Onsite Drug Testing: What to Expect and How It Works

In the modern workplace, safety is just as important as productivity, if not more. This is why onsite drug testing has become an essential tool for employers across a range of industries. It offers a quick and effective way to identify substance abuse within the workforce, helping to create a safer and more efficient environment for everyone. 

By exploring the complexities of onsite drug testing, employers can make well-informed decisions about implementing drug-free workplace policies that work. At the same time, employees can gain a better understanding of what to expect during the testing process.  

No matter if you're an employer looking to improve workplace safety or an employee curious about the procedures, we’re here to provide you with the knowledge you need to navigate the world of onsite drug testing. 


So, let’s take a closer look at all the details of onsite drug testing.

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What is Onsite Drug Testing?

Onsite drug testing, also known as point-of-collection testing (POCT), refers to the practice of conducting drug tests at the workplace or another designated location instead of sending samples to an offsite laboratory. 

Onsite drug testing has become extremely popular over the last few years because it allows for faster results, usually within minutes. This makes it an attractive option for employers who want or maybe need immediate answers regarding potential substance abuse within their workforce.

Onsite drug testing typically involves collecting biological samples, such as urine or saliva, which are then analyzed for the presence of specific drugs or their metabolites. These tests can detect a wide range of substances, including marijuana (THC), cocaine (COC), opioids (OPI), amphetamines(AMP), and alcohol (ALC).

The specific method used for onsite drug testing can vary depending on factors such as the type of drugs being screened for, the desired turnaround time, and the resources available to the employer. 

However, regardless of the specific method, onsite drug testing aims to provide a reliable and efficient way to determine potential drug use among employees and help employers maintain a safe and productive work environment.

Who Conducts Onsite Drug Testing?

There's no single answer to who does on-site drug testing. It really depends on the company's needs and resources. Some companies train their own people to do it, others bring in outside experts, and sometimes mobile testing crews come right to the workplace.

So let’s take a look at how companies can approach this:

  • Train their own team. Some companies decide it makes sense to teach their existing staff, people working in HR or maybe nurses on the health and safety team, how to do the testing themselves. This can save money in the long run and gives the company more control over how things are done. The downside is getting everyone trained and equipped takes time and money.
  • Bring in the experts. Many companies find it easier to hire outside professionals who specialize in drug testing. These people already have the training and know-how, plus all the right tools and supplies, which simplifies things for the company. Another bonus is that using an outside team can help keep things fair and ensure all the legal rules are followed.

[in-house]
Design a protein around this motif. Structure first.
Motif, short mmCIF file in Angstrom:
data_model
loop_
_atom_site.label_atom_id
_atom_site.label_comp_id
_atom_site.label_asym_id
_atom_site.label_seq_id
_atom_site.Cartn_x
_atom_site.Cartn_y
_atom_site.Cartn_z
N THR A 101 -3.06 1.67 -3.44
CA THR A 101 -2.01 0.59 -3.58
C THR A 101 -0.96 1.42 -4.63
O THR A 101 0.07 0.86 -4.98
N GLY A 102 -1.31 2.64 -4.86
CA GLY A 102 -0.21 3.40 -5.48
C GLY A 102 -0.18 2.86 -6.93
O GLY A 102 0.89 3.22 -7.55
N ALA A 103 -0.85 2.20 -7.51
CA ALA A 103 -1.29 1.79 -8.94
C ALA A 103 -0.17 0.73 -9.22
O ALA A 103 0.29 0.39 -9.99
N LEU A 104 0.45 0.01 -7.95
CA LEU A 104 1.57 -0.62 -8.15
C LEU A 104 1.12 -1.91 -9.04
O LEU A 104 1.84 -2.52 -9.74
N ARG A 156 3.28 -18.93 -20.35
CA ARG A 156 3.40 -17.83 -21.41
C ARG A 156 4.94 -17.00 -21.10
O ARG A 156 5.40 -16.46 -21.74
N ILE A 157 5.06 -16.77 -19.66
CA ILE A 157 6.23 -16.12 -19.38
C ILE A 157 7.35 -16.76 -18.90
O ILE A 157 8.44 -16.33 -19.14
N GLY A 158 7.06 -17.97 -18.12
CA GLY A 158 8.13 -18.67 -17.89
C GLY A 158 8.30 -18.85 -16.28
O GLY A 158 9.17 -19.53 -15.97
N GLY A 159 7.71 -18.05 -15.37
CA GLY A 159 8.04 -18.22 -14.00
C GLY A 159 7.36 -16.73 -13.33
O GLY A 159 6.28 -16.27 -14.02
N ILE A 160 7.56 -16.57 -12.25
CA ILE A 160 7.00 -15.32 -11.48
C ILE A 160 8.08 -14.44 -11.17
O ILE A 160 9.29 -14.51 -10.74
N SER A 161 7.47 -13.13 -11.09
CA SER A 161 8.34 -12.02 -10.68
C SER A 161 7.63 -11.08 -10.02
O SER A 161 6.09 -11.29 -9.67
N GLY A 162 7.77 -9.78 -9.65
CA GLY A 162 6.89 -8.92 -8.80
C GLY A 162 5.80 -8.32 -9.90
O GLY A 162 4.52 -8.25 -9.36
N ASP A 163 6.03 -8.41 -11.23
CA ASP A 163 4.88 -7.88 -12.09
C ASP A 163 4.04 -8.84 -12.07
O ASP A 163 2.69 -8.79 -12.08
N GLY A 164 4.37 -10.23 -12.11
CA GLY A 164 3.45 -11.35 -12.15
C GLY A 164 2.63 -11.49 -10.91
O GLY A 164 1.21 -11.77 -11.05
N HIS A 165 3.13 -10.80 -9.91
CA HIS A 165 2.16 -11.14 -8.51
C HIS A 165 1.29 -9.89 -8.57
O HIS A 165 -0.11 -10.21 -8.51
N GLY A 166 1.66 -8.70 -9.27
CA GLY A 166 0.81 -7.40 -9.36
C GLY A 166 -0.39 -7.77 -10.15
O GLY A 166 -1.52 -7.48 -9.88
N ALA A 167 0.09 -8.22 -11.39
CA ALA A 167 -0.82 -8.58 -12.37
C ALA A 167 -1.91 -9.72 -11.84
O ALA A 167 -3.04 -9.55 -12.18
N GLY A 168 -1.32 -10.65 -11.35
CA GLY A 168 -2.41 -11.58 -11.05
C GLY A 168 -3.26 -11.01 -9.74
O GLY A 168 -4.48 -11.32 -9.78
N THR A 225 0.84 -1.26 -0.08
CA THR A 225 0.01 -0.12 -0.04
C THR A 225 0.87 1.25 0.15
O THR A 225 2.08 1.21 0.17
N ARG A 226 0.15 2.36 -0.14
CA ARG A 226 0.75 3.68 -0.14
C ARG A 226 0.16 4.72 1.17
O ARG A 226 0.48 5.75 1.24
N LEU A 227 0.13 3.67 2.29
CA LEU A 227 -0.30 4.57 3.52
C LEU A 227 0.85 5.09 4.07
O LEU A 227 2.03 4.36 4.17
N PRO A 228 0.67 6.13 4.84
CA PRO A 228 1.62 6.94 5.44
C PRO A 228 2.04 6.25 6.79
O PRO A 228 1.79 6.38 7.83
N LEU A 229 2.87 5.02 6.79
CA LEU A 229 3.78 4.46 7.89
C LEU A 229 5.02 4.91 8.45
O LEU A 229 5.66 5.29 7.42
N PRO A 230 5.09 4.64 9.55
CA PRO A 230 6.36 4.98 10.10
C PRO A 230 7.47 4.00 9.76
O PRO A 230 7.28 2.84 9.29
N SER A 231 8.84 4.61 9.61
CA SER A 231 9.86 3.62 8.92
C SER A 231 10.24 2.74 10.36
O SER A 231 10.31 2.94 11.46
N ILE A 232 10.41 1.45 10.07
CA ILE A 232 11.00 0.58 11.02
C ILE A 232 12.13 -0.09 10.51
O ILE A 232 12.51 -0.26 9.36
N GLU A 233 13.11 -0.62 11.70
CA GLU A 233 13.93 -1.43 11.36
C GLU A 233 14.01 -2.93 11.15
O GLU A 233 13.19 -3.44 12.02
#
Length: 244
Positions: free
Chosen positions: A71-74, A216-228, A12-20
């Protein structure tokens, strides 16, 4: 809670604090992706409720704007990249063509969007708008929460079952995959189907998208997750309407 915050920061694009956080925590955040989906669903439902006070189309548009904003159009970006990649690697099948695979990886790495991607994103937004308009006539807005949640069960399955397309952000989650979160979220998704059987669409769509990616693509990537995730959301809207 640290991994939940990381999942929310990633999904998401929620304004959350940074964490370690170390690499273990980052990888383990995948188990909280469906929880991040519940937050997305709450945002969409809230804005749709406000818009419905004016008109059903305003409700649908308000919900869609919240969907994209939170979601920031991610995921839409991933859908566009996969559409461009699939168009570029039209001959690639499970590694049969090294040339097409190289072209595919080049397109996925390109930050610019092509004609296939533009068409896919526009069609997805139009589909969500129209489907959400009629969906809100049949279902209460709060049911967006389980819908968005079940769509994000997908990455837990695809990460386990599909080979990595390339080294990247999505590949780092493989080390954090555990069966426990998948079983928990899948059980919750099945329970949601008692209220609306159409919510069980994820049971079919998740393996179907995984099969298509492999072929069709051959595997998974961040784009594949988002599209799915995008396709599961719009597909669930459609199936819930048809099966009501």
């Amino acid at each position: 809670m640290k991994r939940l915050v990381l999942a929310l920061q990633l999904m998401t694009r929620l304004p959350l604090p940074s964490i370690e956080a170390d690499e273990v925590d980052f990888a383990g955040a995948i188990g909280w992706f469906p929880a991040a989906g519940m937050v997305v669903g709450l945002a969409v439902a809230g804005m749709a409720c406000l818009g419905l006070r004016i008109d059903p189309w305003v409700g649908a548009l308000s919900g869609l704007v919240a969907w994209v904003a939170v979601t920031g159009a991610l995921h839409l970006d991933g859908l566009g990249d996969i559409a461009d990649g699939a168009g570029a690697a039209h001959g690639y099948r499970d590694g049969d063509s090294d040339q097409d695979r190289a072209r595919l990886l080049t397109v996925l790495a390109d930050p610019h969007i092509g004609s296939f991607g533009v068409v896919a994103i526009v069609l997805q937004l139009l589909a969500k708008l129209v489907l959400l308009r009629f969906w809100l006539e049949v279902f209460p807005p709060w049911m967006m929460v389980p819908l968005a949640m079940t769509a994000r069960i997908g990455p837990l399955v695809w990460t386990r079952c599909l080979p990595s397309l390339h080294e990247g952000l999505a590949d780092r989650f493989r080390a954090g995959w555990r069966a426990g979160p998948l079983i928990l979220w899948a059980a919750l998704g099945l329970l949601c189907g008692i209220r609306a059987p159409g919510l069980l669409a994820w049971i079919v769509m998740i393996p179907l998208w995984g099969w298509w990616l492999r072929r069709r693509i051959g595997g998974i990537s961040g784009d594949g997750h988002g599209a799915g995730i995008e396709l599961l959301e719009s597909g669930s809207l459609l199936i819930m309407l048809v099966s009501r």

• Call in the mobile crew. For some situations, it works best to have a mobile team of trained professionals come right to the workplace to collect samples and run the tests. This is handy for companies that have offices in different places or if a bunch of employees need to be tested in a hurry.

No matter who ends up doing the testing, the most important thing is that they know what they're doing. They need to be trained and certified to collect and handle the samples correctly and to run the tests accurately. They also have to follow strict rules to make sure the samples aren't messed up and that everyone's private information stays confidential.

How is Onsite Drug Testing Conducted?

The process of onsite drug testing usually involves several key steps:

Preparation and Setup

Think of the testing area as a mini clean room: it needs to be spotless, private, and bright to make sure it's sanitary and the person being tested is comfortable. And that’s what preparation and setup is there for. 

Before anyone walks in, everything needed for the test - collection cups, gloves, and testing kits  - is neatly laid out and ready to go. And, of course, the person running the test needs to wash their hands thoroughly and put on fresh gloves to keep things clean.

Collection of Samples

The way the sample is collected depends on what kind of test is being done. If it's a urine test, the person will get a cup and be asked to provide a sample. For a saliva test, it's a quick swab on the inside of the cheek. For breath alcohol, the person blows into a breathalyzer machine.

Analysis Methods

Two main types of analysis methods are used in onsite drug testing:

  • Immunoassay tests. These are rapid screening tests that utilize antibodies to detect the presence of specific drugs or their metabolites. They provide results within minutes, and people usually administer them when they need an urgent drug test done. However, they may be less accurate than confirmatory tests.
  • Chromatography tests. These are more complex tests, and they separate and identify individual drug components. They are usually used as confirmatory tests to verify the results of initial screening tests because they offer higher accuracy but take a bit longer.

Reporting and Interpretation of Results

The results of onsite drug testing are usually available within minutes for immunoassay tests and within a few days for chromatography tests. A positive result indicates the presence of drugs or their metabolites in the sample, and a negative result indicates their absence.

However, we need to mention that a positive result doesn't automatically mean the person who was being tested is currently under the influence of drugs. It just means that there were drugs in their system at some point, and it’s up to the person doing the testing to interpret the results more carefully.

The employer will have to consider several factors, such as the specific drug detected, the individual's medical history, and whether something could have caused a false positive.